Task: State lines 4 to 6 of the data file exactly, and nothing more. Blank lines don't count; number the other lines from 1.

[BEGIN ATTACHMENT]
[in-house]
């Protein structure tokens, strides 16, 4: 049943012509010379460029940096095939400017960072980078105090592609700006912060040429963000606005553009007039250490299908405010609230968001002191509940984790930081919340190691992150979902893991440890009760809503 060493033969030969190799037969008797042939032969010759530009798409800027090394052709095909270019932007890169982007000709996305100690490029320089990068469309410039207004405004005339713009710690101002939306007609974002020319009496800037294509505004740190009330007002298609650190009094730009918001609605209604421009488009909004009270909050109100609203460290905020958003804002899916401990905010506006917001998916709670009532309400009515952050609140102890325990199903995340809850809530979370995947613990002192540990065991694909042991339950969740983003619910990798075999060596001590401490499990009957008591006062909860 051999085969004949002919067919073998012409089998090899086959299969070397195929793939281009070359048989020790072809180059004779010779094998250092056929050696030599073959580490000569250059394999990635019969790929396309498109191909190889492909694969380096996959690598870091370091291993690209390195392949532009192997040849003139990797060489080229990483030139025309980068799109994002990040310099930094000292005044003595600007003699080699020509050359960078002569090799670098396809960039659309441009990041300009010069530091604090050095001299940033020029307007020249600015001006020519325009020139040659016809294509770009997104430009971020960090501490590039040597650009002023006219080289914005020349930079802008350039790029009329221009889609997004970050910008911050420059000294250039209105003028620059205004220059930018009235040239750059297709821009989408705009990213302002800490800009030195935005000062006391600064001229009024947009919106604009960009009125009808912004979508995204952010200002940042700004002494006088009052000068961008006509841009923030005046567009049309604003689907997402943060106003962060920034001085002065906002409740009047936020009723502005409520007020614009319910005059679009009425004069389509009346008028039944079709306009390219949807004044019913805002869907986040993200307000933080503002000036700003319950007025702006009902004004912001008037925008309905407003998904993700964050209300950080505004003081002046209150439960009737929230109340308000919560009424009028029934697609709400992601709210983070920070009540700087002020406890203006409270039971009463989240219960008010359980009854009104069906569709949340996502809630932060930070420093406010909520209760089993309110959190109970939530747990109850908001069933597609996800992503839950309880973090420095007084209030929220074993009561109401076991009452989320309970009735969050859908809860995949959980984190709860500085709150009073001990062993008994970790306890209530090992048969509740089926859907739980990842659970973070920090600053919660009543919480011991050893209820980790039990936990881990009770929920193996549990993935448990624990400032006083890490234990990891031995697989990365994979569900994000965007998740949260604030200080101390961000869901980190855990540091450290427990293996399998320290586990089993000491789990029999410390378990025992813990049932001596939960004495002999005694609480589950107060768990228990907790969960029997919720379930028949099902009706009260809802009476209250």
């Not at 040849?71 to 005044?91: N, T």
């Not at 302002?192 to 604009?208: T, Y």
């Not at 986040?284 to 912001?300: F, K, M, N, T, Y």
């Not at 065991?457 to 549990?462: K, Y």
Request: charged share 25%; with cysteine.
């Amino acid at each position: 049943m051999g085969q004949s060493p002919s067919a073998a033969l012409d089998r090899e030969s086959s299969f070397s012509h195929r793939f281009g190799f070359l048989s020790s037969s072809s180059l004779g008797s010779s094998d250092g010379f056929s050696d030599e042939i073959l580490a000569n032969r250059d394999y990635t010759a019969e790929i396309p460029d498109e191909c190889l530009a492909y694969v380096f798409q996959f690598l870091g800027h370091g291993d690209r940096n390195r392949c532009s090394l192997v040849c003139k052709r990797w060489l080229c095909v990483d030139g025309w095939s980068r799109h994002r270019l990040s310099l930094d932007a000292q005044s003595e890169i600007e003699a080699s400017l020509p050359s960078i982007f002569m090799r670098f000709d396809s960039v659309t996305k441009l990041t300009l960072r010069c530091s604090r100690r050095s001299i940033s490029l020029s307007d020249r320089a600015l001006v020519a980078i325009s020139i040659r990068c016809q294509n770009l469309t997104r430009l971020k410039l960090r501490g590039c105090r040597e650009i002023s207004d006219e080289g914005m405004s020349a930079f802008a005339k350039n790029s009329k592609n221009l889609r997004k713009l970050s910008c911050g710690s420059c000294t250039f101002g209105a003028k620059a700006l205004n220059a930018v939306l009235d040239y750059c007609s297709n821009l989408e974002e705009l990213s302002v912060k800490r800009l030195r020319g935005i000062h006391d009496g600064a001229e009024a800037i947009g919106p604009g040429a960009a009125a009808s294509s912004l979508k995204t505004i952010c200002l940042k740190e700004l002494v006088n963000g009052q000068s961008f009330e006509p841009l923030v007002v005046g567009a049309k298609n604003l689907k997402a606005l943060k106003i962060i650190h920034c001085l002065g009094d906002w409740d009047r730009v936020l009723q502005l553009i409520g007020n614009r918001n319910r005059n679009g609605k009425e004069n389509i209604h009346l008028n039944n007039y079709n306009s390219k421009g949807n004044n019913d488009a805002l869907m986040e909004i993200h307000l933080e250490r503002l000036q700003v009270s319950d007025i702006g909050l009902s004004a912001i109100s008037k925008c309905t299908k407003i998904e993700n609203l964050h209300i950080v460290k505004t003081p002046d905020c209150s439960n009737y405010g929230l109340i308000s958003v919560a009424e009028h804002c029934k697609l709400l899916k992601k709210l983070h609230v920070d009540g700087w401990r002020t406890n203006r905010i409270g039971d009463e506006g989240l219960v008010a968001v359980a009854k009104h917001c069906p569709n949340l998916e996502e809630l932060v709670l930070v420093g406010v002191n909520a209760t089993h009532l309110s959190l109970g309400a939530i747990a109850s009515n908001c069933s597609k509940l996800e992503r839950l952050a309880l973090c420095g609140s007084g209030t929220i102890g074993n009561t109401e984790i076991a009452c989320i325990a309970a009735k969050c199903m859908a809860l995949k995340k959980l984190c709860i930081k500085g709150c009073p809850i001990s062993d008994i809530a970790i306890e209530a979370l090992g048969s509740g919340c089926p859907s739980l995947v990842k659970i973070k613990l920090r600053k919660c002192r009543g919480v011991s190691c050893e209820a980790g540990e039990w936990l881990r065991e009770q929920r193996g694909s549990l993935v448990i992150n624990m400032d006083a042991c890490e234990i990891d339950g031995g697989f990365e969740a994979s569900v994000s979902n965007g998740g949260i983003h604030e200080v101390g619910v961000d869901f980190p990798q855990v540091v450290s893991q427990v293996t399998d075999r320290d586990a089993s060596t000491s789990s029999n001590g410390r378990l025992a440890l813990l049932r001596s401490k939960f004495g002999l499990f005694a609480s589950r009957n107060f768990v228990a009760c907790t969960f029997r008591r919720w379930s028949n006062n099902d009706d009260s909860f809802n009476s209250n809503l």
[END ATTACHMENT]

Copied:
């Not at 302002?192 to 604009?208: T, Y």
């Not at 986040?284 to 912001?300: F, K, M, N, T, Y």
């Not at 065991?457 to 549990?462: K, Y």